Navy is ‘terminating discussions’ about impact of Growlers on historic properties

The Navy announced after 4:30 p.m. Friday that it was terminating discussions with agencies and parties over how the Navy will mitigate impacts the increase in EA-18G Growlers will have on historic properties in Central Whidbey.

The Navy released the draft “memorandum of agreement” regarding the issue earlier this year even though there was no agreement, igniting a controversy in the community.

The law requires federal agencies to consider the effects a project may have on historic properties and to take action to either avoid or mitigate impacts.

Allyson Brooks, state historic preservation officer, explained earlier this year that the Growlers will essentially degrade quality of life and people’s experience in the historic district of Ebey’s Landing National Historical Reserve. As a result, the Navy is obligated to mitigate the impact by helping to enhance or otherwise “assist” the historic landscape, she said.

The Navy’s negotiations with the state historic preservation officer, the federal Advisory Council on Historic Preservation, government officials on Whidbey Island and other “interested parties” haven’t resulted in an agreement.

Termination of consultation is an option provided to the federal agency under the Section 106 process, when the agency and consulting parties are unable to reach agreement on how to resolve adverse effects, according to a Navy press release.

There’s no disagreement that Growler flights at the Outlying Field Coupeville will have an impact the adjacent reserve. The Navy already determined that indirect adverse effects to the Central Whidbey historic district would result from more frequent aircraft operations.

“Specifically, the preferred alternative would affect the historic integrity of five landscape viewpoints within the historic district,” the Navy said in a statement. “Subsequently, the Navy initiated a series of meetings and calls with all consulting parties with the intention to reach agreement on appropriate measures to resolve the effects.”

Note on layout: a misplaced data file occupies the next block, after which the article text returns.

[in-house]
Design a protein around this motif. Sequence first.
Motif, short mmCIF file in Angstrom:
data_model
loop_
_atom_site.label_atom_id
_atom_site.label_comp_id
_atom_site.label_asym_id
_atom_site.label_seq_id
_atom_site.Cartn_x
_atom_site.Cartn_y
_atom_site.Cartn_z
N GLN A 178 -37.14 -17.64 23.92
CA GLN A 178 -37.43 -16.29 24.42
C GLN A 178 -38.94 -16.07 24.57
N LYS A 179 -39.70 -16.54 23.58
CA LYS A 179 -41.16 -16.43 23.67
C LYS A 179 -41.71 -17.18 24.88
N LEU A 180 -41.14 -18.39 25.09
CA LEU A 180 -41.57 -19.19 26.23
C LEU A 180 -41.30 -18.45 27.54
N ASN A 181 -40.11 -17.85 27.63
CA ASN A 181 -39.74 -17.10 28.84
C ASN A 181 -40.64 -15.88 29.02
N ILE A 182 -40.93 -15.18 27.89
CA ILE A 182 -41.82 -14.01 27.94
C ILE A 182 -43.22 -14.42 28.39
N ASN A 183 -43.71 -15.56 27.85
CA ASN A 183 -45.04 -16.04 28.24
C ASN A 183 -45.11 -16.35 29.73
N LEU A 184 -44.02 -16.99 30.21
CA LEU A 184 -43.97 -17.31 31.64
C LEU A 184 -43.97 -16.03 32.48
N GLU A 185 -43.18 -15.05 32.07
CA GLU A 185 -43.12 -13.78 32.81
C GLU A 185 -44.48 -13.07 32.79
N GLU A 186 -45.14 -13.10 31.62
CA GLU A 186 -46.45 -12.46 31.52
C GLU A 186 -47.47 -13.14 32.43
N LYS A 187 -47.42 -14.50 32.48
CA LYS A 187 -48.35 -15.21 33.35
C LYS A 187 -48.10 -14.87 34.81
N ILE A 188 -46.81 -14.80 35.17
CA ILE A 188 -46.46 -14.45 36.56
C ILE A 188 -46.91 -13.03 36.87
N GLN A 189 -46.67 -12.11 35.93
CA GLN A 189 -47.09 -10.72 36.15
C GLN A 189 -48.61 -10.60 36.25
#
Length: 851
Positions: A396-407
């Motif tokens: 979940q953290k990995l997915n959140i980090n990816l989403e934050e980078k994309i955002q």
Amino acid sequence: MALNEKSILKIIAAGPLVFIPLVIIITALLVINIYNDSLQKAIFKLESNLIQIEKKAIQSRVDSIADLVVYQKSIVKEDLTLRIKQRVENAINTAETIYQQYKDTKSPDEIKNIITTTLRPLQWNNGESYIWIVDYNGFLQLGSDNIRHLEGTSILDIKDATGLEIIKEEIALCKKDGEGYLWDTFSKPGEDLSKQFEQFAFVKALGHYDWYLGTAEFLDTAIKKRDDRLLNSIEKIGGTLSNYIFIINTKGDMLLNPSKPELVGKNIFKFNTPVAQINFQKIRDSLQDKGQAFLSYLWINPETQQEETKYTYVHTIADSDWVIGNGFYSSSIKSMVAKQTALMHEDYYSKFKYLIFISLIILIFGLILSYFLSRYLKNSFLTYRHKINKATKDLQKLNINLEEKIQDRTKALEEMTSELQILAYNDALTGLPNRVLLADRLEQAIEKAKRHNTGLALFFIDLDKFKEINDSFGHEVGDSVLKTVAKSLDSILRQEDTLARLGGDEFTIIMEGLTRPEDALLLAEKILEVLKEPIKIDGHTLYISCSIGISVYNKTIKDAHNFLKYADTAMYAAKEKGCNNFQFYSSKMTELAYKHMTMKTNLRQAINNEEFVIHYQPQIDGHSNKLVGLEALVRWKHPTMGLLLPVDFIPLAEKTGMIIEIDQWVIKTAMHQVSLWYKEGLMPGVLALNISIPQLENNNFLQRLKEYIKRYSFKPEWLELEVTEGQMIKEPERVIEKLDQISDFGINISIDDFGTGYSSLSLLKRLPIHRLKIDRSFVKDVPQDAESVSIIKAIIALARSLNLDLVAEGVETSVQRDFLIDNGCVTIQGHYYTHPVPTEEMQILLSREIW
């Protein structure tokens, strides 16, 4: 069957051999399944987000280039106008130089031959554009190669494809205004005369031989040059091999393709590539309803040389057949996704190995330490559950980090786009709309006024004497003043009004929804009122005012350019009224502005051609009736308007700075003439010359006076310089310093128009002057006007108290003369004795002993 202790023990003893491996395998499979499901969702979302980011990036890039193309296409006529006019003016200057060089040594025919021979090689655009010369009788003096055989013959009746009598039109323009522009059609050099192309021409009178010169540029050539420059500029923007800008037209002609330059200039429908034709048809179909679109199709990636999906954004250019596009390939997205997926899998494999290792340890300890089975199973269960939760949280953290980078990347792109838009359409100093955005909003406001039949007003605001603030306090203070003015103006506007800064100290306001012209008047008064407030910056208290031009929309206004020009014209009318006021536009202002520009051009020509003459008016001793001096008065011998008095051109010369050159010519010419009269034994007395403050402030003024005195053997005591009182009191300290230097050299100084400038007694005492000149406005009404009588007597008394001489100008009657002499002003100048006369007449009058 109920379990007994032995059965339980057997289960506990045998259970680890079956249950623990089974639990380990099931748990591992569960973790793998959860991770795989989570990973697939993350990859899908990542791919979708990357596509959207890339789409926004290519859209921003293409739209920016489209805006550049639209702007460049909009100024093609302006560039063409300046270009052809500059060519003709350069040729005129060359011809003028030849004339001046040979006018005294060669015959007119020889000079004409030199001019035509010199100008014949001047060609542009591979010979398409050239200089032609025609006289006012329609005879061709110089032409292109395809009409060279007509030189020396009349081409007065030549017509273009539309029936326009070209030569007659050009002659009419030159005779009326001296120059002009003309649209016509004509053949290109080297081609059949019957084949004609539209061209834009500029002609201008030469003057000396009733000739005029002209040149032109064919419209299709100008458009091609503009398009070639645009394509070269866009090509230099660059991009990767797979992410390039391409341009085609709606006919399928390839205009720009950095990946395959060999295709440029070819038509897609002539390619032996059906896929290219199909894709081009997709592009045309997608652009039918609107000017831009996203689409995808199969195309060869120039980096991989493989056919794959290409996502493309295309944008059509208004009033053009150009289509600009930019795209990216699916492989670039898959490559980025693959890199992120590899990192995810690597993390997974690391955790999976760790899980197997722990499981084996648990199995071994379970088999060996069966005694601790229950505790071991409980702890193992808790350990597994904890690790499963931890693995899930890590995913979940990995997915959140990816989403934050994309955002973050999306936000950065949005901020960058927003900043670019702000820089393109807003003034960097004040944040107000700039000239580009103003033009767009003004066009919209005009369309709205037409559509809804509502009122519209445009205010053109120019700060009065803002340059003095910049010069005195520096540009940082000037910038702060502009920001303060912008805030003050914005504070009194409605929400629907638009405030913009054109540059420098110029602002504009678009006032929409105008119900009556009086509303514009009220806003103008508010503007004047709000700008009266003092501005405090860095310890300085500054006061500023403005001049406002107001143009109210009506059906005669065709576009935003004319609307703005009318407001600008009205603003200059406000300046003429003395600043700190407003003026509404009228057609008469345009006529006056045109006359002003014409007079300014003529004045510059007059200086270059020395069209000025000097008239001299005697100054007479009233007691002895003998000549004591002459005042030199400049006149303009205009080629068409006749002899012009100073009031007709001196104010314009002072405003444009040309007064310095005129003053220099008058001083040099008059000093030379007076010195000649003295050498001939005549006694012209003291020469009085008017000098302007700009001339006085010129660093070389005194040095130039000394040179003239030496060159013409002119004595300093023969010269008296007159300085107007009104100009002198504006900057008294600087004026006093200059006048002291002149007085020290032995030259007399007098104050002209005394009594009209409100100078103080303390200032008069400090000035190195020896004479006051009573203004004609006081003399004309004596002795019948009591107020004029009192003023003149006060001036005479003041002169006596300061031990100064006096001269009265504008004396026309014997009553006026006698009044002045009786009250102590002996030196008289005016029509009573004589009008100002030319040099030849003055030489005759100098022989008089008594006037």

The Navy and consulting parties, however, haven’t been able to reach an agreement on how to mitigate the effects.

“After careful consideration,” the Navy statement said, “the Navy has determined that further consultation under Section 106 will not be productive within the time available to avoid unacceptable impacts to the Navy’s defense mission. This impasse results from an unwillingness to separate concerns about historic properties from concerns about other economic and community apprehensions surrounding increased Growler flights at the OLF. The 106 process is about historic preservation and does not address other possible impacts to the community.”

More in News

Man gets 6 months for ‘communicating with a minor for immoral purposes’

A 32-year-old petty chief in the Navy originally accused of raping a… Continue reading

Community Green is open

The Town of Coupeville has announced that the newly improved public parking… Continue reading

After 40 years, SVC closing its South Whidbey Center

Skagit Valley College will likely shutter classrooms on South Whidbey after teaching… Continue reading

Mental health patient flees ER, steals car, leads chase

A mental health patient left the hospital against doctor’s orders, stole a… Continue reading

Photo by Maria Matson/Whidbey News-Times
                                Water Aerobics instructor Christine Burton leads a class.
Pool fixes to be completed before summer’s end

John Vanderzicht Memorial Pool in Oak Harbor is back in business, with… Continue reading

County awards land preservation grants

Island County commissioners last week awarded grants to two projects that will… Continue reading

Groundbreaking July 25 for next Habitat Home

The public is invited to attend a groundbreaking ceremony for a new… Continue reading

(File photo)
Whidbey Island Fair kicks off Thursday, runs July 18-21

Fair has showcased Whidbey Island agriculture, local talent for over 90 years

Most Read